Dr. Domenico Lepore, Founder of Intelligent Management Inc. and international expert in Quality and Systems Thinking for organizations, continues his series on the Standard of Innovation.
Why do we have Standards?
Standards are created to allow operationally defined quantities to be measured in a way that makes sense. After having defined “Volt” we need a “voltage standard” to allow us to measure, for instance, how much a measured voltage differs from the standard. In this sense, a standard is a reference point and everything is measured in terms of distance from the standard.
Standardization makes economic sense because it provides a common platform for the development of products and services that leverage the chosen standard. Any socket in any house in North America can safely power all appliances in North America because we have decided that the voltage drop is 110 volts at 50 Hz. “We” means the committee of experts that took upon themselves the burden of defining what seemed economically and technically sensible for a voltage of reference.
In recent decades the word “standard” has branched out to include the measuring of human activities, in particular management systems, and we have witnessed the flourishing of Quality standards, Safety standards, Environmental standards, etc. Their role in promoting what they were supposed to “standardize” has been somewhat controversial and largely misunderstood.
When it comes to management systems we, as organizations, seem to perceive a conflict between adopting and embracing a voluntary standard, say for Quality, and resisting it (openly or covertly). Knowingly or not, we feel that a “management standard” is in some way a burden, not a support; a cost, not a benefit.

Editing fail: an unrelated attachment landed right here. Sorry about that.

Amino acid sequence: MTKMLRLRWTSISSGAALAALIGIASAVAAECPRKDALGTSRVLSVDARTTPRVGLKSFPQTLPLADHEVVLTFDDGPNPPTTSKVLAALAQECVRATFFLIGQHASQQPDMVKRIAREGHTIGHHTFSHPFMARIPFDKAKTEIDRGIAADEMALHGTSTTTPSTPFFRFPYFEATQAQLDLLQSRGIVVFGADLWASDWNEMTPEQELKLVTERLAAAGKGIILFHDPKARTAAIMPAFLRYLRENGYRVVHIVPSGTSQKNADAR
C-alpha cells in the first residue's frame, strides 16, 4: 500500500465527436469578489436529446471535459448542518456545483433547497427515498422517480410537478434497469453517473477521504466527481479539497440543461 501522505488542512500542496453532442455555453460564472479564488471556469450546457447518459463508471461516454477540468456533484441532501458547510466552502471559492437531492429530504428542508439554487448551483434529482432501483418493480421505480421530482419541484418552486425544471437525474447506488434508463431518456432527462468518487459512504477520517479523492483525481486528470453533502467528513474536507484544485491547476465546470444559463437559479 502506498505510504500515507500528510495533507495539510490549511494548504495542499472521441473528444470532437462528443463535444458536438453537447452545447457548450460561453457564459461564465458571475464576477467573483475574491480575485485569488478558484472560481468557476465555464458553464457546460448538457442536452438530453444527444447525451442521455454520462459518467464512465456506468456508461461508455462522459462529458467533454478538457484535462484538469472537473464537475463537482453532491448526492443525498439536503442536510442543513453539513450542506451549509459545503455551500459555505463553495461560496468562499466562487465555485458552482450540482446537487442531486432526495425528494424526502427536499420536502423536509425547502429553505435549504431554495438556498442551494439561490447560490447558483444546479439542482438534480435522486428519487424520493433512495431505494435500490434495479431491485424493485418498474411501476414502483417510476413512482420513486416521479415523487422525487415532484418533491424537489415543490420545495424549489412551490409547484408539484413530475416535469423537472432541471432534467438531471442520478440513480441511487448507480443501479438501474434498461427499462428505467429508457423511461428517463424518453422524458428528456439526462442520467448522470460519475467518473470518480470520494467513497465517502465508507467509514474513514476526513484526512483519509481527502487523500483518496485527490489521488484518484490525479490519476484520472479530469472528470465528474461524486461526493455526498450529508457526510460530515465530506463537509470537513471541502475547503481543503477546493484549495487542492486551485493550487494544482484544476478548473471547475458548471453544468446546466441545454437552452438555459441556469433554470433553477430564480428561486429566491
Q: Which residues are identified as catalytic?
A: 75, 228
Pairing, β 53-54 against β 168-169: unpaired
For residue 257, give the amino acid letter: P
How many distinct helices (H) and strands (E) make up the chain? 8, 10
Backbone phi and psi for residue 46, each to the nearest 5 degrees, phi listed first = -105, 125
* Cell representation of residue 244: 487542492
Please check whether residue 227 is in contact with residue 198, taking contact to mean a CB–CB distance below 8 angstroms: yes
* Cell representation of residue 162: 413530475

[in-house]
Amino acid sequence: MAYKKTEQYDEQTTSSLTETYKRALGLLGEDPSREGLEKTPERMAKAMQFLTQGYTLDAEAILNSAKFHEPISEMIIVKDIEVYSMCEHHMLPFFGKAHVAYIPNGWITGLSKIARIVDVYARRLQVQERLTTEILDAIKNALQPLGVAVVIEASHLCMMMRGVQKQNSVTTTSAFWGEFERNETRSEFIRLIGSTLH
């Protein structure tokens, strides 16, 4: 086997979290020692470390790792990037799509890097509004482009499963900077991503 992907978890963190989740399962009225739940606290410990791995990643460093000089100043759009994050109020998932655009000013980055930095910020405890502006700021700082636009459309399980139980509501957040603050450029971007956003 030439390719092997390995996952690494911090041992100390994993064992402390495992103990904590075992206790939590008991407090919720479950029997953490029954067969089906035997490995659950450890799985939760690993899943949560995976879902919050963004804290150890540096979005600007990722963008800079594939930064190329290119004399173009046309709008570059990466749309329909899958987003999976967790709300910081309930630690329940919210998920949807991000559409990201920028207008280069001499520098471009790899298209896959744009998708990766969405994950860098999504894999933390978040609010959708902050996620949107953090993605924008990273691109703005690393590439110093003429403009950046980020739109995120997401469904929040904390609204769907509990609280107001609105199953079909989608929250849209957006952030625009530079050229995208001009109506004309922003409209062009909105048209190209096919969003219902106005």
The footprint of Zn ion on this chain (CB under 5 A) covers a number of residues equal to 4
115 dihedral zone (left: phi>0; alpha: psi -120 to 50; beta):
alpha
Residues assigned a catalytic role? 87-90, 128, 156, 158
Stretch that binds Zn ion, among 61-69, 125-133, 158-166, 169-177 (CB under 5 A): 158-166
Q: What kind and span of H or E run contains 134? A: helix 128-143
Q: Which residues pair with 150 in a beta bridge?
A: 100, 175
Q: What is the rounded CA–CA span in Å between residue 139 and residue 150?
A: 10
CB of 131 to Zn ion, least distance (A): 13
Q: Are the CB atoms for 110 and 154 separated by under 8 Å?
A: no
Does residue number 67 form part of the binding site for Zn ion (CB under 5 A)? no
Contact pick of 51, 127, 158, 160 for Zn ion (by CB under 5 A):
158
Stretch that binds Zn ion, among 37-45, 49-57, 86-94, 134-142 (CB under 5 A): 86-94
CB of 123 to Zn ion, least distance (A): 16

Why do we feel that Standards can be a burden?
A technical standard is a reference point and the closer we get to that point the better we have performed. A management standard, instead, is a framework, a guideline, a set of principles. In other words, it is a source of suggestions (and, maybe, of inspiration) to define operationally what is best for your organization. As such, any management standard is not only voluntary but it can only represent a starting point, not a finishing line. A management standard must provide the operational definitions for the development of any improvement pattern.
Sadly, standards for management systems have been considered by organizations as “tests” for which they have to get a good grade so they can then flaunt its achievement as a ribbon for their excellence. Quality Standards have failed to promote “Quality”. Indeed, in 1982, Dr. Deming, the founding father of the Quality movement, declined the chairmanship of the ISO Committee 176 for the family of the 9000 standards as he saw it poised for failure. This must serve as a warning for all of those who wish to embark on the production of another management standard and its dissemination.
A Standard for Innovation
How about a standard for innovation? How can such a standard help to spread a culture of innovation instead of stifling it with the specter of “compliance”?
Innovation is not an optional; it is the very reason why companies exist. A company that slows down its “process of innovation” is destined to die. A reputable and useful standard therefore needs to:
1) Promote the concept that innovation is a process
Innovation is a process, not a winning post. You do not reach “innovation”; you create a network of processes, a system that sustains the generation of innovative products.
2) Emphasize the role that top management must have in providing an organizational framework to nurture innovation
As innovation is foundational to the prosperity of the organization (and its stakeholders) it must be the primary concern for the top management. They must promote innovation at the core of any business decision. In other words, a useful standard must prompt top management to think of innovation as a primary source for the economic success of their company, NOT as basic set of technical prerequisites that a functional director, “the Director of Innovation”, must fulfil to ensure compliance.
There are two more fundamental issues that a Standard for Innovation must promote, and we will look at these in the next piece in this series on the importance of Systems Thinking for Innovation.
Part 1 : A Word about words
Part 2: Imagination Does Not Equal Innovation
Part 3: The Interconnection of Leadership, Quality and Innovation